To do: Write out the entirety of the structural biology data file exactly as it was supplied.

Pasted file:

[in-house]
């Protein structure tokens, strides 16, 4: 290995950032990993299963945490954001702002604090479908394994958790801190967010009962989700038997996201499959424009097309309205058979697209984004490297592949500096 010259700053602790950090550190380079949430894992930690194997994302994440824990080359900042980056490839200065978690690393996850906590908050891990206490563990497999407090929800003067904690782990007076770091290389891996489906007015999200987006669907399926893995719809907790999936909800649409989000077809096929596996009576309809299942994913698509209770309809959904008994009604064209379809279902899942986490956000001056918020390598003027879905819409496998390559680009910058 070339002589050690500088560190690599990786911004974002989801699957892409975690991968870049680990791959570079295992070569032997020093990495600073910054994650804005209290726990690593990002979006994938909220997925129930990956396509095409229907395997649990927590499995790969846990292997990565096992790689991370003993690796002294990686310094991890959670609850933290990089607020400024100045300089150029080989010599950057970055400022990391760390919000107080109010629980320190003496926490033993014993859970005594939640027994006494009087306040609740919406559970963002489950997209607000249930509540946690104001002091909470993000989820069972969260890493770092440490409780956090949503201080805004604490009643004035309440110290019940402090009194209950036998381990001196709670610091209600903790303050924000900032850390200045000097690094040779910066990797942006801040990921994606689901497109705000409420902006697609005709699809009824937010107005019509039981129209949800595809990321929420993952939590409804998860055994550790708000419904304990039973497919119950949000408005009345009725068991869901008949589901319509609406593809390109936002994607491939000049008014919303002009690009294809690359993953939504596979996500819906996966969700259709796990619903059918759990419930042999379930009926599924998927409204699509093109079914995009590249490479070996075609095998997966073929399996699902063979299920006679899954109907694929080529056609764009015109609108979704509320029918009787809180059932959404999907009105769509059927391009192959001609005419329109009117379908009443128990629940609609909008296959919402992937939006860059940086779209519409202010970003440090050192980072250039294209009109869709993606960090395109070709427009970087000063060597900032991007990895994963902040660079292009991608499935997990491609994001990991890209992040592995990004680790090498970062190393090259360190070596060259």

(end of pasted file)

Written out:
[in-house]
């Protein structure tokens, strides 16, 4: 290995950032990993299963945490954001702002604090479908394994958790801190967010009962989700038997996201499959424009097309309205058979697209984004490297592949500096 010259700053602790950090550190380079949430894992930690194997994302994440824990080359900042980056490839200065978690690393996850906590908050891990206490563990497999407090929800003067904690782990007076770091290389891996489906007015999200987006669907399926893995719809907790999936909800649409989000077809096929596996009576309809299942994913698509209770309809959904008994009604064209379809279902899942986490956000001056918020390598003027879905819409496998390559680009910058 070339002589050690500088560190690599990786911004974002989801699957892409975690991968870049680990791959570079295992070569032997020093990495600073910054994650804005209290726990690593990002979006994938909220997925129930990956396509095409229907395997649990927590499995790969846990292997990565096992790689991370003993690796002294990686310094991890959670609850933290990089607020400024100045300089150029080989010599950057970055400022990391760390919000107080109010629980320190003496926490033993014993859970005594939640027994006494009087306040609740919406559970963002489950997209607000249930509540946690104001002091909470993000989820069972969260890493770092440490409780956090949503201080805004604490009643004035309440110290019940402090009194209950036998381990001196709670610091209600903790303050924000900032850390200045000097690094040779910066990797942006801040990921994606689901497109705000409420902006697609005709699809009824937010107005019509039981129209949800595809990321929420993952939590409804998860055994550790708000419904304990039973497919119950949000408005009345009725068991869901008949589901319509609406593809390109936002994607491939000049008014919303002009690009294809690359993953939504596979996500819906996966969700259709796990619903059918759990419930042999379930009926599924998927409204699509093109079914995009590249490479070996075609095998997966073929399996699902063979299920006679899954109907694929080529056609764009015109609108979704509320029918009787809180059932959404999907009105769509059927391009192959001609005419329109009117379908009443128990629940609609909008296959919402992937939006860059940086779209519409202010970003440090050192980072250039294209009109869709993606960090395109070709427009970087000063060597900032991007990895994963902040660079292009991608499935997990491609994001990991890209992040592995990004680790090498970062190393090259360190070596060259």